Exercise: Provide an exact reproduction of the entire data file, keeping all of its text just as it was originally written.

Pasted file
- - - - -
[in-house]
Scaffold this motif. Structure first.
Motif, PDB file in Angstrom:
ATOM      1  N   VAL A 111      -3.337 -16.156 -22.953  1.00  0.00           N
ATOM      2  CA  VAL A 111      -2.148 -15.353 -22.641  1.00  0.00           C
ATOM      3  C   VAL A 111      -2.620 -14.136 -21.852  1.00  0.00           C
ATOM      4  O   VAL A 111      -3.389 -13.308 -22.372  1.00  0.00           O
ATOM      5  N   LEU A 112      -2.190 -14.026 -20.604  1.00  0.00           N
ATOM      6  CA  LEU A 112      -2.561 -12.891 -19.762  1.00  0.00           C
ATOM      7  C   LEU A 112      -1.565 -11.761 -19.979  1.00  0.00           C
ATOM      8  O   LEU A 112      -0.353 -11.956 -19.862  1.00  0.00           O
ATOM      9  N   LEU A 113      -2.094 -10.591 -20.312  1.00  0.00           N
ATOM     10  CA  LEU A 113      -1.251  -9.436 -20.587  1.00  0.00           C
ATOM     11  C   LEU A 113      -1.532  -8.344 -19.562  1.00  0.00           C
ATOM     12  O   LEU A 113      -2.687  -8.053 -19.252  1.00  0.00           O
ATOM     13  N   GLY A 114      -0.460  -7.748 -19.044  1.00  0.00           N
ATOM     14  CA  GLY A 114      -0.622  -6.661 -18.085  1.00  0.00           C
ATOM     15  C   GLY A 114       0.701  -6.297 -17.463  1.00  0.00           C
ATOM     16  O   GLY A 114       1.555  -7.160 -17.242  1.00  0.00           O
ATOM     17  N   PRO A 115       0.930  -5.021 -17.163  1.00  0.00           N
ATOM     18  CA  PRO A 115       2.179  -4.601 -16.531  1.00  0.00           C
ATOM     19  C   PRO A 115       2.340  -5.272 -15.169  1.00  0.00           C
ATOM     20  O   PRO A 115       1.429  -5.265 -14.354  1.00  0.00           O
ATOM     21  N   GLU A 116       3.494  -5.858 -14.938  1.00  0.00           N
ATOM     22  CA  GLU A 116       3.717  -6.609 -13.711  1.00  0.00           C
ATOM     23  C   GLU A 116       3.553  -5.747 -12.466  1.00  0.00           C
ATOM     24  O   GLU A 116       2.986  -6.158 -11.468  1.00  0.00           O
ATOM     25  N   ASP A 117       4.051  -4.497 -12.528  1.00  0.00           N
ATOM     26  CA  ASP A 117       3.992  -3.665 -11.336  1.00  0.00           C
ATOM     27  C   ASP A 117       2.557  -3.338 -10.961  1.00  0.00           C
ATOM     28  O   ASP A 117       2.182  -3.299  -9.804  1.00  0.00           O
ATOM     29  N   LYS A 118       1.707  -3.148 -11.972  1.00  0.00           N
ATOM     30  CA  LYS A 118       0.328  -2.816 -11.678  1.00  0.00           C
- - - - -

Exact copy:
[in-house]
Scaffold this motif. Structure first.
Motif, PDB file in Angstrom:
ATOM      1  N   VAL A 111      -3.337 -16.156 -22.953  1.00  0.00           N
ATOM      2  CA  VAL A 111      -2.148 -15.353 -22.641  1.00  0.00           C
ATOM      3  C   VAL A 111      -2.620 -14.136 -21.852  1.00  0.00           C
ATOM      4  O   VAL A 111      -3.389 -13.308 -22.372  1.00  0.00           O
ATOM      5  N   LEU A 112      -2.190 -14.026 -20.604  1.00  0.00           N
ATOM      6  CA  LEU A 112      -2.561 -12.891 -19.762  1.00  0.00           C
ATOM      7  C   LEU A 112      -1.565 -11.761 -19.979  1.00  0.00           C
ATOM      8  O   LEU A 112      -0.353 -11.956 -19.862  1.00  0.00           O
ATOM      9  N   LEU A 113      -2.094 -10.591 -20.312  1.00  0.00           N
ATOM     10  CA  LEU A 113      -1.251  -9.436 -20.587  1.00  0.00           C
ATOM     11  C   LEU A 113      -1.532  -8.344 -19.562  1.00  0.00           C
ATOM     12  O   LEU A 113      -2.687  -8.053 -19.252  1.00  0.00           O
ATOM     13  N   GLY A 114      -0.460  -7.748 -19.044  1.00  0.00           N
ATOM     14  CA  GLY A 114      -0.622  -6.661 -18.085  1.00  0.00           C
ATOM     15  C   GLY A 114       0.701  -6.297 -17.463  1.00  0.00           C
ATOM     16  O   GLY A 114       1.555  -7.160 -17.242  1.00  0.00           O
ATOM     17  N   PRO A 115       0.930  -5.021 -17.163  1.00  0.00           N
ATOM     18  CA  PRO A 115       2.179  -4.601 -16.531  1.00  0.00           C
ATOM     19  C   PRO A 115       2.340  -5.272 -15.169  1.00  0.00           C
ATOM     20  O   PRO A 115       1.429  -5.265 -14.354  1.00  0.00           O
ATOM     21  N   GLU A 116       3.494  -5.858 -14.938  1.00  0.00           N
ATOM     22  CA  GLU A 116       3.717  -6.609 -13.711  1.00  0.00           C
ATOM     23  C   GLU A 116       3.553  -5.747 -12.466  1.00  0.00           C
ATOM     24  O   GLU A 116       2.986  -6.158 -11.468  1.00  0.00           O
ATOM     25  N   ASP A 117       4.051  -4.497 -12.528  1.00  0.00           N
ATOM     26  CA  ASP A 117       3.992  -3.665 -11.336  1.00  0.00           C
ATOM     27  C   ASP A 117       2.557  -3.338 -10.961  1.00  0.00           C
ATOM     28  O   ASP A 117       2.182  -3.299  -9.804  1.00  0.00           O
ATOM     29  N   LYS A 118       1.707  -3.148 -11.972  1.00  0.00           N
ATOM     30  CA  LYS A 118       0.328  -2.816 -11.678  1.00  0.00           C